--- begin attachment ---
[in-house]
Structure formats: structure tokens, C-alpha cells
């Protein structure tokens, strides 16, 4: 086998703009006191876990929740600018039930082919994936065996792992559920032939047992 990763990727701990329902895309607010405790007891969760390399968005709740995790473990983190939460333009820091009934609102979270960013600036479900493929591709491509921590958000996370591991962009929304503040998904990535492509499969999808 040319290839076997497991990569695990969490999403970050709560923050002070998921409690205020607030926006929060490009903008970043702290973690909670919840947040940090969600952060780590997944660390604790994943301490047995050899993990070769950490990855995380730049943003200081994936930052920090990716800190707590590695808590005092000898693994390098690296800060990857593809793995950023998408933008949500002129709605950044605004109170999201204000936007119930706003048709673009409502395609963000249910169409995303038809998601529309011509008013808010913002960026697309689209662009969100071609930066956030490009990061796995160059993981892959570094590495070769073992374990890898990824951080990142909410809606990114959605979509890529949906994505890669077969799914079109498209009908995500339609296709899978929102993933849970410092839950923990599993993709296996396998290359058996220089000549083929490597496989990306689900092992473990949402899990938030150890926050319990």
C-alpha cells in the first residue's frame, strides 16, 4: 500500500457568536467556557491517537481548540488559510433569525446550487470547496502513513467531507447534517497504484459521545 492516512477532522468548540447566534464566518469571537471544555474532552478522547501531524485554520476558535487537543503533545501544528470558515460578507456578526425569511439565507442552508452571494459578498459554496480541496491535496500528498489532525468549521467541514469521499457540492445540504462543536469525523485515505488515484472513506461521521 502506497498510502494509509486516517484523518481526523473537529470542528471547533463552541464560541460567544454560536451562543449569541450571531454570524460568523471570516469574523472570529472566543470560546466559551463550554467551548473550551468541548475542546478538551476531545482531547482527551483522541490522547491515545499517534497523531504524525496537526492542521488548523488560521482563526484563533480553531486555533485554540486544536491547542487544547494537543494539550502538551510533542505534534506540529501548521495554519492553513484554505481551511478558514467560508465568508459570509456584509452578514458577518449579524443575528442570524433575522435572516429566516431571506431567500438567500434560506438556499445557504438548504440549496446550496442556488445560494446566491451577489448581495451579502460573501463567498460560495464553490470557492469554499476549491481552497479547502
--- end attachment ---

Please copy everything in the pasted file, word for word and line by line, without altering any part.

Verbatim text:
[in-house]
Structure formats: structure tokens, C-alpha cells
């Protein structure tokens, strides 16, 4: 086998703009006191876990929740600018039930082919994936065996792992559920032939047992 990763990727701990329902895309607010405790007891969760390399968005709740995790473990983190939460333009820091009934609102979270960013600036479900493929591709491509921590958000996370591991962009929304503040998904990535492509499969999808 040319290839076997497991990569695990969490999403970050709560923050002070998921409690205020607030926006929060490009903008970043702290973690909670919840947040940090969600952060780590997944660390604790994943301490047995050899993990070769950490990855995380730049943003200081994936930052920090990716800190707590590695808590005092000898693994390098690296800060990857593809793995950023998408933008949500002129709605950044605004109170999201204000936007119930706003048709673009409502395609963000249910169409995303038809998601529309011509008013808010913002960026697309689209662009969100071609930066956030490009990061796995160059993981892959570094590495070769073992374990890898990824951080990142909410809606990114959605979509890529949906994505890669077969799914079109498209009908995500339609296709899978929102993933849970410092839950923990599993993709296996396998290359058996220089000549083929490597496989990306689900092992473990949402899990938030150890926050319990």
C-alpha cells in the first residue's frame, strides 16, 4: 500500500457568536467556557491517537481548540488559510433569525446550487470547496502513513467531507447534517497504484459521545 492516512477532522468548540447566534464566518469571537471544555474532552478522547501531524485554520476558535487537543503533545501544528470558515460578507456578526425569511439565507442552508452571494459578498459554496480541496491535496500528498489532525468549521467541514469521499457540492445540504462543536469525523485515505488515484472513506461521521 502506497498510502494509509486516517484523518481526523473537529470542528471547533463552541464560541460567544454560536451562543449569541450571531454570524460568523471570516469574523472570529472566543470560546466559551463550554467551548473550551468541548475542546478538551476531545482531547482527551483522541490522547491515545499517534497523531504524525496537526492542521488548523488560521482563526484563533480553531486555533485554540486544536491547542487544547494537543494539550502538551510533542505534534506540529501548521495554519492553513484554505481551511478558514467560508465568508459570509456584509452578514458577518449579524443575528442570524433575522435572516429566516431571506431567500438567500434560506438556499445557504438548504440549496446550496442556488445560494446566491451577489448581495451579502460573501463567498460560495464553490470557492469554499476549491481552497479547502